TORONTO – Health professionals at the University Health Network have been caught snooping into former mayor Rob Ford’s (pictured) medical records, the second time it has happened at the large, Toronto health facility, and the fourth time overall.
The Toronto Star reported earlier this month that the University Health Network (UHN) notified the provincial privacy commissioner of a fourth breach of Ford’s medical records since his cancer diagnosis last September.
Acting privacy commissioner Brian Beamish said in a written statement that the latest privacy violation was extremely troubling because it meant the earlier breaches had clearly not acted as a deterrent to nosy employees.
High-profile individuals could be “particularly attractive targets to snoopers,” Beamish said, adding that the recent breach must motivate hospitals to be even more vigilant on privacy.
The fourth breach of Fords records highlights the importance of upgrading Ontarios health privacy laws to include mandatory reporting of serious breaches to the privacy commissioner.
A recent Star investigation found the majority of health-related breaches go unreported to the privacy office, sparking calls for legislative change by Beamish.
Ontario used to be at the forefront of health privacy laws, but now it is one of the last jurisdictions in the country to amend its legislation to include mandatory reporting to the privacy commissioner.
Dr. Eric Hoskins, Minister of Health and Long Term Care, did not respond to questions from the Star Wednesday about whether he would consider changing health privacy laws to include mandatory reporting.
The privacy commissioner was notified of each of the four breaches of Fords medical records, but under current law hospitals can handle privacy violations behind closed doors – and even fire staff – without informing the regulatory body. Eight jurisdictions have recently amended their health privacy laws to fix this problem, which has been described as a dangerous oversight in the legislation.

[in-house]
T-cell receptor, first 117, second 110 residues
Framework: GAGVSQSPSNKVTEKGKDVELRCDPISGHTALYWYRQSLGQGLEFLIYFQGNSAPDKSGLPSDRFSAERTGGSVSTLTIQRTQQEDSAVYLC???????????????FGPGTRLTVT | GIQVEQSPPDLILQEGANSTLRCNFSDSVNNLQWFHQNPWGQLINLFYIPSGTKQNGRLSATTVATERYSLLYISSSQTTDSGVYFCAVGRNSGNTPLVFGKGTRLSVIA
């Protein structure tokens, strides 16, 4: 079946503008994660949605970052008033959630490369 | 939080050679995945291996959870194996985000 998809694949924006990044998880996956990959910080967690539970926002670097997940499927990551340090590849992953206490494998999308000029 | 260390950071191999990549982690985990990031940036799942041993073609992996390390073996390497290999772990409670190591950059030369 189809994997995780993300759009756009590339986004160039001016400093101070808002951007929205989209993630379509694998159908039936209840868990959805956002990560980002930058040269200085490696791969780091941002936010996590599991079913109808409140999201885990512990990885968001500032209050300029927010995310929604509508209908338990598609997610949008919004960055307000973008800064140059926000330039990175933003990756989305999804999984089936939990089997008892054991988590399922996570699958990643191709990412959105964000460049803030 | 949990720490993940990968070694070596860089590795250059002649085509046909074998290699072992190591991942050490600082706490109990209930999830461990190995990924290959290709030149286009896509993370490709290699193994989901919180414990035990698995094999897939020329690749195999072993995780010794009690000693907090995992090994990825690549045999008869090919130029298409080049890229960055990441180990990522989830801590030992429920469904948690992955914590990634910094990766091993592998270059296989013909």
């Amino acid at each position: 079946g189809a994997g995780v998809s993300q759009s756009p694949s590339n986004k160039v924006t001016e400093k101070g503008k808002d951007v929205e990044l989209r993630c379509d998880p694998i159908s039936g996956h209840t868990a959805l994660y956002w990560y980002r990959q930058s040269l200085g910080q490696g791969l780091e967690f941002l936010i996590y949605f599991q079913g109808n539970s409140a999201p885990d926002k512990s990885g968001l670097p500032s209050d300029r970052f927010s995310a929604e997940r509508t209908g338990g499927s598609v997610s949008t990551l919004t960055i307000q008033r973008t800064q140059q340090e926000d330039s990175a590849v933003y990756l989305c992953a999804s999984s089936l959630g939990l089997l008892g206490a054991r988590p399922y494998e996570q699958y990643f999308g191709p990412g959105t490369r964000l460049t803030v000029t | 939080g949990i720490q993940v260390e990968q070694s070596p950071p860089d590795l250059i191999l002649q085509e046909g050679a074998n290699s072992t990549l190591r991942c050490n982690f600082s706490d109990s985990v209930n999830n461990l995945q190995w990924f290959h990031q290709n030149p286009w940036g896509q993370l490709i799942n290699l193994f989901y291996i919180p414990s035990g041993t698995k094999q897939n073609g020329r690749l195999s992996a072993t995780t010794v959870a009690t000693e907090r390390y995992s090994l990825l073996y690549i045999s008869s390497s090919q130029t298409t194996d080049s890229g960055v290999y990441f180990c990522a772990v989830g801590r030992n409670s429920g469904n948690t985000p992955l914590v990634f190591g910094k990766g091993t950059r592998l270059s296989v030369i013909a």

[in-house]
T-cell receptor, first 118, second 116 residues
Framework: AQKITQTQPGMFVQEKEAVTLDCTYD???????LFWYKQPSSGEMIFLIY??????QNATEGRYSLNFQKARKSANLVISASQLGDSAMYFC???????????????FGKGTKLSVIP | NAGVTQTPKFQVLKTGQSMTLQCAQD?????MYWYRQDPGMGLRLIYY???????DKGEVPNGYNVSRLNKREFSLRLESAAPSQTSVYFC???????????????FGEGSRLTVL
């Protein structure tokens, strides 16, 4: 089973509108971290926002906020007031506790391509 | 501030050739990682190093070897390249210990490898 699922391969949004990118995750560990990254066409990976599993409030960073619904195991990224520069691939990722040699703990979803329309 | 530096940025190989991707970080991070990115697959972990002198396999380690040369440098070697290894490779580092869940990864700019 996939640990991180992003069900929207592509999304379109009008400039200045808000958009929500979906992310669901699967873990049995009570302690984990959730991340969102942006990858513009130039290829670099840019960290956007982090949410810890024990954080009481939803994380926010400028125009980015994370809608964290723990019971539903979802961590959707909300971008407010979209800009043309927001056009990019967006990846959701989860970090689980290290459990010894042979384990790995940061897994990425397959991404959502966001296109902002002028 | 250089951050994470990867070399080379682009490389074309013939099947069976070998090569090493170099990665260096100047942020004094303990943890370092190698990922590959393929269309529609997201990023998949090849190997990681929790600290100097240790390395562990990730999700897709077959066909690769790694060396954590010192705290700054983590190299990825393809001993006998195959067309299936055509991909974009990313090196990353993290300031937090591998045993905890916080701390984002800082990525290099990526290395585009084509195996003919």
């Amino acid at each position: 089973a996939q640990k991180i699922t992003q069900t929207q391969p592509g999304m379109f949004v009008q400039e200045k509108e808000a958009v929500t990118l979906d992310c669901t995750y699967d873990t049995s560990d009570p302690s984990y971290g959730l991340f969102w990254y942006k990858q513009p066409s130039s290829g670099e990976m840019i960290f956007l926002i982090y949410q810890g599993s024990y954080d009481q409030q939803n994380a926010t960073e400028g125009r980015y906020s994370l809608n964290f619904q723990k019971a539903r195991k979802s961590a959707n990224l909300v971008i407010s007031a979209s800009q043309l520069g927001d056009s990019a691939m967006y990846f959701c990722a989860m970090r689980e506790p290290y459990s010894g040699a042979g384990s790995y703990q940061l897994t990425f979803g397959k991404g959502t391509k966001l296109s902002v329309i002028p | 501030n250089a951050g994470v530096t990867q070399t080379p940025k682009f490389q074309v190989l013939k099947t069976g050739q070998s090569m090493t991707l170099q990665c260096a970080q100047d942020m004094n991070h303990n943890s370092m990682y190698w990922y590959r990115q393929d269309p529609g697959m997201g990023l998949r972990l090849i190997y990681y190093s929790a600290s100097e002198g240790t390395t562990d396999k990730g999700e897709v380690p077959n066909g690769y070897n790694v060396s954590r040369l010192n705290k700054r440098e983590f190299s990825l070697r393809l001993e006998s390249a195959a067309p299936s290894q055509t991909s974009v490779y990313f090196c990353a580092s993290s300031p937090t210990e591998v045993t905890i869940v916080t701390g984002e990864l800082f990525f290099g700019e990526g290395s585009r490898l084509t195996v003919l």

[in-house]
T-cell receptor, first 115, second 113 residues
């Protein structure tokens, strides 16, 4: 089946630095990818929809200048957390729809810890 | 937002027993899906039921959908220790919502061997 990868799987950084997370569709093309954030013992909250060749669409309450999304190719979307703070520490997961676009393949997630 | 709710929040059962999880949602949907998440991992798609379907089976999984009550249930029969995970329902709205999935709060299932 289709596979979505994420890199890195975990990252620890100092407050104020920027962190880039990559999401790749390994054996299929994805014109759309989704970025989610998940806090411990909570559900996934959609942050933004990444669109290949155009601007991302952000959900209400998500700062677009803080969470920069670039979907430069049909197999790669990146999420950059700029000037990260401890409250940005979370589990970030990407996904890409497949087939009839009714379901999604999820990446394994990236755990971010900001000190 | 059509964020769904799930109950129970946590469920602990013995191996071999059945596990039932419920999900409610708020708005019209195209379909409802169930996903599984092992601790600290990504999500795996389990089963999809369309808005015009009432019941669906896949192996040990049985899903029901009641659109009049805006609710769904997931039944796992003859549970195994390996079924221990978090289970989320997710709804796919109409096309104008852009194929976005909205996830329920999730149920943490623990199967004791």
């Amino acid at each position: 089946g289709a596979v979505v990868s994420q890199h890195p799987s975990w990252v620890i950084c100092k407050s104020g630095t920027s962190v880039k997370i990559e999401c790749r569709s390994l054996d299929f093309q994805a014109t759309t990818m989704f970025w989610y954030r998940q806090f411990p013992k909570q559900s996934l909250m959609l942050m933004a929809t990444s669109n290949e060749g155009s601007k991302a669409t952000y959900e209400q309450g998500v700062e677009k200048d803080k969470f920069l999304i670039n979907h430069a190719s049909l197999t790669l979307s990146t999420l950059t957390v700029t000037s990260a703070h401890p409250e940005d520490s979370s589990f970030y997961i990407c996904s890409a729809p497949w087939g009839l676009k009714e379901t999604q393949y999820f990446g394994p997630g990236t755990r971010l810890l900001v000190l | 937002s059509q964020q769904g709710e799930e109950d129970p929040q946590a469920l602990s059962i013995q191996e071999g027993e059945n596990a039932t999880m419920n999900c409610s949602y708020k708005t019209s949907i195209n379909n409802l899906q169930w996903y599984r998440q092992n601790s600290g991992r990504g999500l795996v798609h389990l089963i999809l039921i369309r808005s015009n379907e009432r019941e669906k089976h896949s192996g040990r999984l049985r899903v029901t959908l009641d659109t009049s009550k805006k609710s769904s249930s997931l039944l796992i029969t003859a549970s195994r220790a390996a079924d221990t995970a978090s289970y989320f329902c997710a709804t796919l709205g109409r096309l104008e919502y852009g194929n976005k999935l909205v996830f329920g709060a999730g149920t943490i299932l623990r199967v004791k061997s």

Ford’s personal health information was first inappropriately accessed at Humber River Regional Hospital, where his cancerous tumour was found. His file was then opened without authorization at Mount Sinai Hospital, where he was transferred for chemotherapy.
Ford’s medical file was also snooped into by UHN hospital staff last September – and his records were targeted again by seven UHN staff at Princess Margaret Cancer Centre in February.
“This is a very disappointing development in light of the other health information privacy breaches that have occurred over the last year, which should have also served as a cautionary tale,” Beamish said.
The Star has recently uncovered a number of health-related privacy breaches, including an anti-abortion activist who inappropriately accessed more than 400 abortion files at Peterborough Regional Hospital.
Earlier last year, the Star also unveiled two major hospital privacy breach cases involving thousands of patients. In one case, hospitals inappropriately provided patient information to baby photographers. In another, hospitals were handing out patient contact information to private marketing companies.
In a written statement Wednesday, Hoskins said patients deserve to know their care providers were meeting privacy obligations. “This is fundamental to maintaining patients trust in our healthcare system,” he said.
Hoskins asked the ministry to follow up with the UHN after being notified of the latest Ford privacy breach.
The UHN, which is responsible for four major hospitals in Toronto, reported 132 privacy violations last year, according to information obtained under the Freedom of Information Act.
UHN spokesperson Gillian Howard would not disclose which records were inappropriately accessed during Rob Fords privacy breach, because, she said, information about individual patients is never released.
She would not tell the Star what roles the snooping staff members hold at the hospital, because, she said, UHN does not release information that could identify employees in disciplinary matters.